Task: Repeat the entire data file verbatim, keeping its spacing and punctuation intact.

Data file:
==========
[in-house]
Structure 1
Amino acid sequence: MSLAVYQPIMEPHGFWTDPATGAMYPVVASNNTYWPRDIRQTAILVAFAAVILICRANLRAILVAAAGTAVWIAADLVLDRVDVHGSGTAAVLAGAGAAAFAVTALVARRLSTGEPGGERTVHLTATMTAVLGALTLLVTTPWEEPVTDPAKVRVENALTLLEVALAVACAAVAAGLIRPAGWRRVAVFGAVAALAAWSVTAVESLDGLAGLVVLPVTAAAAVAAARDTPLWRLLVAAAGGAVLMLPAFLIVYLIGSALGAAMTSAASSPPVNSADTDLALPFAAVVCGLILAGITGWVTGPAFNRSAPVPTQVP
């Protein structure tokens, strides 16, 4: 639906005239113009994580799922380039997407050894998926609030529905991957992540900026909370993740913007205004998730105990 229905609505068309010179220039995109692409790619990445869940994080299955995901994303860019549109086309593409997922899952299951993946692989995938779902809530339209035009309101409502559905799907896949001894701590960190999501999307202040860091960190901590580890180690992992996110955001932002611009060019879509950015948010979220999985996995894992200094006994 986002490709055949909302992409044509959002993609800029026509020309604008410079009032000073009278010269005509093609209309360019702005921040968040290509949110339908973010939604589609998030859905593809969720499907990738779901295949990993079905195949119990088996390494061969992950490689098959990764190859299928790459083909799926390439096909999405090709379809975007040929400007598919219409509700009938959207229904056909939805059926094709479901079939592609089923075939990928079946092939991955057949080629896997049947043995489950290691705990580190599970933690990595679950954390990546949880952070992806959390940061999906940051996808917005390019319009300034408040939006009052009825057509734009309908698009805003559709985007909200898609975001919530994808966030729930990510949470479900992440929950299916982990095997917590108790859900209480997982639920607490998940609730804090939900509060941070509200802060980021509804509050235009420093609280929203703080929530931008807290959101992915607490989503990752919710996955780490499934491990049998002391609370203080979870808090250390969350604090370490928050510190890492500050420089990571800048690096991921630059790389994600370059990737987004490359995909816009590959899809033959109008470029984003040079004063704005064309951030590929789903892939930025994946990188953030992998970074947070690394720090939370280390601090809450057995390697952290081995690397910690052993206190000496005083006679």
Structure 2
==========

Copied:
[in-house]
Structure 1
Amino acid sequence: MSLAVYQPIMEPHGFWTDPATGAMYPVVASNNTYWPRDIRQTAILVAFAAVILICRANLRAILVAAAGTAVWIAADLVLDRVDVHGSGTAAVLAGAGAAAFAVTALVARRLSTGEPGGERTVHLTATMTAVLGALTLLVTTPWEEPVTDPAKVRVENALTLLEVALAVACAAVAAGLIRPAGWRRVAVFGAVAALAAWSVTAVESLDGLAGLVVLPVTAAAAVAAARDTPLWRLLVAAAGGAVLMLPAFLIVYLIGSALGAAMTSAASSPPVNSADTDLALPFAAVVCGLILAGITGWVTGPAFNRSAPVPTQVP
């Protein structure tokens, strides 16, 4: 639906005239113009994580799922380039997407050894998926609030529905991957992540900026909370993740913007205004998730105990 229905609505068309010179220039995109692409790619990445869940994080299955995901994303860019549109086309593409997922899952299951993946692989995938779902809530339209035009309101409502559905799907896949001894701590960190999501999307202040860091960190901590580890180690992992996110955001932002611009060019879509950015948010979220999985996995894992200094006994 986002490709055949909302992409044509959002993609800029026509020309604008410079009032000073009278010269005509093609209309360019702005921040968040290509949110339908973010939604589609998030859905593809969720499907990738779901295949990993079905195949119990088996390494061969992950490689098959990764190859299928790459083909799926390439096909999405090709379809975007040929400007598919219409509700009938959207229904056909939805059926094709479901079939592609089923075939990928079946092939991955057949080629896997049947043995489950290691705990580190599970933690990595679950954390990546949880952070992806959390940061999906940051996808917005390019319009300034408040939006009052009825057509734009309908698009805003559709985007909200898609975001919530994808966030729930990510949470479900992440929950299916982990095997917590108790859900209480997982639920607490998940609730804090939900509060941070509200802060980021509804509050235009420093609280929203703080929530931008807290959101992915607490989503990752919710996955780490499934491990049998002391609370203080979870808090250390969350604090370490928050510190890492500050420089990571800048690096991921630059790389994600370059990737987004490359995909816009590959899809033959109008470029984003040079004063704005064309951030590929789903892939930025994946990188953030992998970074947070690394720090939370280390601090809450057995390697952290081995690397910690052993206190000496005083006679």
Structure 2